I’m not gonna lie—I was initially interested in this show because of Martin Freeman’s involvement in it, but after watching the film Fargo for the first time the other day, I was very curious to see the television adaptation of the quirky dark comedy. Are you curious about the particulars of FX’s Fargo? Then read on, dear readers!
What I liked:
- Martin Freeman. This is kind of a “duh” because Freeman rocks in everything he does, but he continues to shine as put-upon insurance salesman, Lester. He’s just a frustrated little man trying to take control of his life, and what happens during this episode overwhelms him and changes his life forever.
- Billy Bob Thornton. I’ve always been kind of iffy on Thornton, but I think he’s going to be pretty great in this show. Here he plays calm, collected, and ruthlessly clever sociopath, Lorne—a man who completely shakes up Lester’s world. Clearly, Lorne is going to have quite an impact on the community.
- The humor. Dark stuff happens, but it’s balanced out by completely silly, yet strangely wonderful humor. For instance, the Hess brothers—both dumb as bricks—cracked me up. There’s also a great scene where Lorne delights in causing mischief at a motel. And the accents in general…I don’t what it is, but thick Minnesota accents get me every time.
- The last 20-30 minutes. Big stuff happens—stuff you don’t expect to happen so soon in the series. It makes me very curious to see where this story is going.
- The new-but-not-new aspect. Fargo the film is apparently based on events that happened prior to 1996. Likewise, Fargo the TV series is based on events from 2006. The settings may be the same, and some of the characters may be somewhat similar, but the stories are clearly going to be different. It’s a great way to please diehard fans of the film while keeping them on their toes at the same time.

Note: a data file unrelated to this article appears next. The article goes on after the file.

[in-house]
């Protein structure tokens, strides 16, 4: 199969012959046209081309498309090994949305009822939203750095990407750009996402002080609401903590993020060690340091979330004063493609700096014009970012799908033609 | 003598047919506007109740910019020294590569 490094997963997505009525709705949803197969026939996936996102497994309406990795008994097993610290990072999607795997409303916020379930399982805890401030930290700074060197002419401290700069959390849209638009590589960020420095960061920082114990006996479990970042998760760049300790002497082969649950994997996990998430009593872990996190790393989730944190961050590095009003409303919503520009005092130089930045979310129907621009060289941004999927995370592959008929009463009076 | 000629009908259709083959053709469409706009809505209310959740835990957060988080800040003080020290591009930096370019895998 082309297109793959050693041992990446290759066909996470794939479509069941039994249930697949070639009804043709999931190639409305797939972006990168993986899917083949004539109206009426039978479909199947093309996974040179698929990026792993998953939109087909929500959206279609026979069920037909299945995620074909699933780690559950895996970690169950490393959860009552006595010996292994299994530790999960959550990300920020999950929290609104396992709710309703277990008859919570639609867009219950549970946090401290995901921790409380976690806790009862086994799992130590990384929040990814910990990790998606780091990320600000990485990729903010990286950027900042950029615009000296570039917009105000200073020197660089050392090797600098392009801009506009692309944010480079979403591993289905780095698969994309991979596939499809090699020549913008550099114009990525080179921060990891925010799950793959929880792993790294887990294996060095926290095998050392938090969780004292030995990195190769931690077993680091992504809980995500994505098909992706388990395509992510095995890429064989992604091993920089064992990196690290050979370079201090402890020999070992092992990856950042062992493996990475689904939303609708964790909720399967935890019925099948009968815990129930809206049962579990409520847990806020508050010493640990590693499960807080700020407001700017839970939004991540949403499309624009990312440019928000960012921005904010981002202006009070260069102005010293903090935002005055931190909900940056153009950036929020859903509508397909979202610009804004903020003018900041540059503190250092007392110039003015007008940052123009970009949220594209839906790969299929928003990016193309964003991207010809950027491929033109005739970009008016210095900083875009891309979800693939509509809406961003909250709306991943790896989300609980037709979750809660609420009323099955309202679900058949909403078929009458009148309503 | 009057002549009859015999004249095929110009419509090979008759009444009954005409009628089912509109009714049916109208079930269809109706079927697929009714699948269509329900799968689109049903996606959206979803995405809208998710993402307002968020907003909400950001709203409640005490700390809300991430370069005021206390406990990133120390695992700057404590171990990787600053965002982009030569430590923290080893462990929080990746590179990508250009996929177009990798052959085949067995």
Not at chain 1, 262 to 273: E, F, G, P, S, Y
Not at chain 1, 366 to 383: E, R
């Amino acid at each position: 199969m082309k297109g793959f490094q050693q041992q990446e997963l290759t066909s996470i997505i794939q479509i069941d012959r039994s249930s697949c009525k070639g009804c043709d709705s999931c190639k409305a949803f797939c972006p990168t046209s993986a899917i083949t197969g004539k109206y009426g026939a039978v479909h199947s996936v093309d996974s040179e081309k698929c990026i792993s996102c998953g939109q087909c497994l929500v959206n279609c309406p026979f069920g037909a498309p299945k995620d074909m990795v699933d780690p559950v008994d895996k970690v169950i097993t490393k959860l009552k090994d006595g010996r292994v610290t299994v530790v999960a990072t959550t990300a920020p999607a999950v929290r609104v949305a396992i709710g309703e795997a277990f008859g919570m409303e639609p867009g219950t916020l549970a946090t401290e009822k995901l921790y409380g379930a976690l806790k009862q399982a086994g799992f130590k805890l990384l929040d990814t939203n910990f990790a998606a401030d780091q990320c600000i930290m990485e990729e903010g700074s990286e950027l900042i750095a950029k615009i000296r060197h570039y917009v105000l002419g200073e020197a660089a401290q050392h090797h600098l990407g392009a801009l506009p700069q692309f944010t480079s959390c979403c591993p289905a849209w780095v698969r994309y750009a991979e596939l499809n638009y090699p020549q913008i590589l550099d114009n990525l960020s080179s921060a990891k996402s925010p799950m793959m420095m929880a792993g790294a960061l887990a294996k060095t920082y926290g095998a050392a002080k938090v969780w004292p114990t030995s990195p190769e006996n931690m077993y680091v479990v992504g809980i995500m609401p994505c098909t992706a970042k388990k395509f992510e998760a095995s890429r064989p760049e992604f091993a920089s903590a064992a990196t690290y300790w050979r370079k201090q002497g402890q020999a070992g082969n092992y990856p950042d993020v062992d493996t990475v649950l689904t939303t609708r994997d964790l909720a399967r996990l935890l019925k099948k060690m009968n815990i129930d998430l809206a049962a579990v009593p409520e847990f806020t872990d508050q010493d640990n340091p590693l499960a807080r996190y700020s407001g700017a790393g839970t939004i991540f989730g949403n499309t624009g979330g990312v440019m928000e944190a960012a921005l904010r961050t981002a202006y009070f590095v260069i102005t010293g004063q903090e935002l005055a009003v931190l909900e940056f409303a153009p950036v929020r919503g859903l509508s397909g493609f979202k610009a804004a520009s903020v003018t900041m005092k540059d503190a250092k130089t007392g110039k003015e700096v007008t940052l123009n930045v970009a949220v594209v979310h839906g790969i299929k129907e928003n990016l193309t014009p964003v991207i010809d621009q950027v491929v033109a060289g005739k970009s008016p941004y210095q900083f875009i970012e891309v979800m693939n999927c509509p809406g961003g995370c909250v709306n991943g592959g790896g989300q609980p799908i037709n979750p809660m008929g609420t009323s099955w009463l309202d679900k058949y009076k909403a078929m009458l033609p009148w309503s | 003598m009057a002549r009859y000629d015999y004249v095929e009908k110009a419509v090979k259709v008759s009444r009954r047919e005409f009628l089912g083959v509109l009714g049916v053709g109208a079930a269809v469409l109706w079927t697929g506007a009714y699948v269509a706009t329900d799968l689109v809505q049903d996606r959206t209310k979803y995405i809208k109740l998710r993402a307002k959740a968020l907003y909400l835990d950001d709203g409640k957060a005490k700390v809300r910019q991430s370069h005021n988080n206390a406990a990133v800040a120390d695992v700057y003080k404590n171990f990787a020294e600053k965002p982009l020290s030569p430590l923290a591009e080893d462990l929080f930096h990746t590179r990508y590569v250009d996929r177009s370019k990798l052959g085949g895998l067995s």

What I didn’t like:
- Some of the characters are a little too over-the-top. I realize the characters in Fargo the film have a degree of absurdity to them, but I still find most of them believable. A few of the characters in this episode came off more as caricatures than real people (i.e. Lester’s bitchy wife and his former high school bully).
- A huge part of the appeal of Fargo the film is sweet, determined, and very pregnant police officer Marge. In contrast to her dull partner, Lou, Marge is sharp as a tack. But in the series, policeman Vern (Shawn Doyle) takes the lead, and his partner, Molly (Allison Tolman), seems like she’s going to be somewhat dimwitted. As events panned out and Molly’s character developed, I grew to like this setup more, but at first I wasn’t so sure about it.
- We barely get to see Colin Hanks. This is a minor thing, of course, and I’m sure Hanks is going to play a bigger part in future episodes, but I was looking forward to seeing what his role would be in this, and I’m still not exactly sure. He plays a police officer named Gus who plays a very important role in the last five minutes of the episode. So far, that’s all we’ve got.
- The first half of the episode drags a bit. I feel the same about Fargo the film. It takes awhile before things really get going. Now that events are in motion, I think I’ll keep watching, but at first I wasn’t so sure I would.
The Potential: Like most FX series, I think Fargo has plenty of potential. The mix of dark comedy, crime, and drama make for a unique show, and the actors—particularly Freeman, Thornton, and newcomer Tolman—are already impressing me. I think fans of Fargo the film ought to give this a shot. I like the film well enough, but honestly, I think I may end up liking the series even more.
My Grade: A-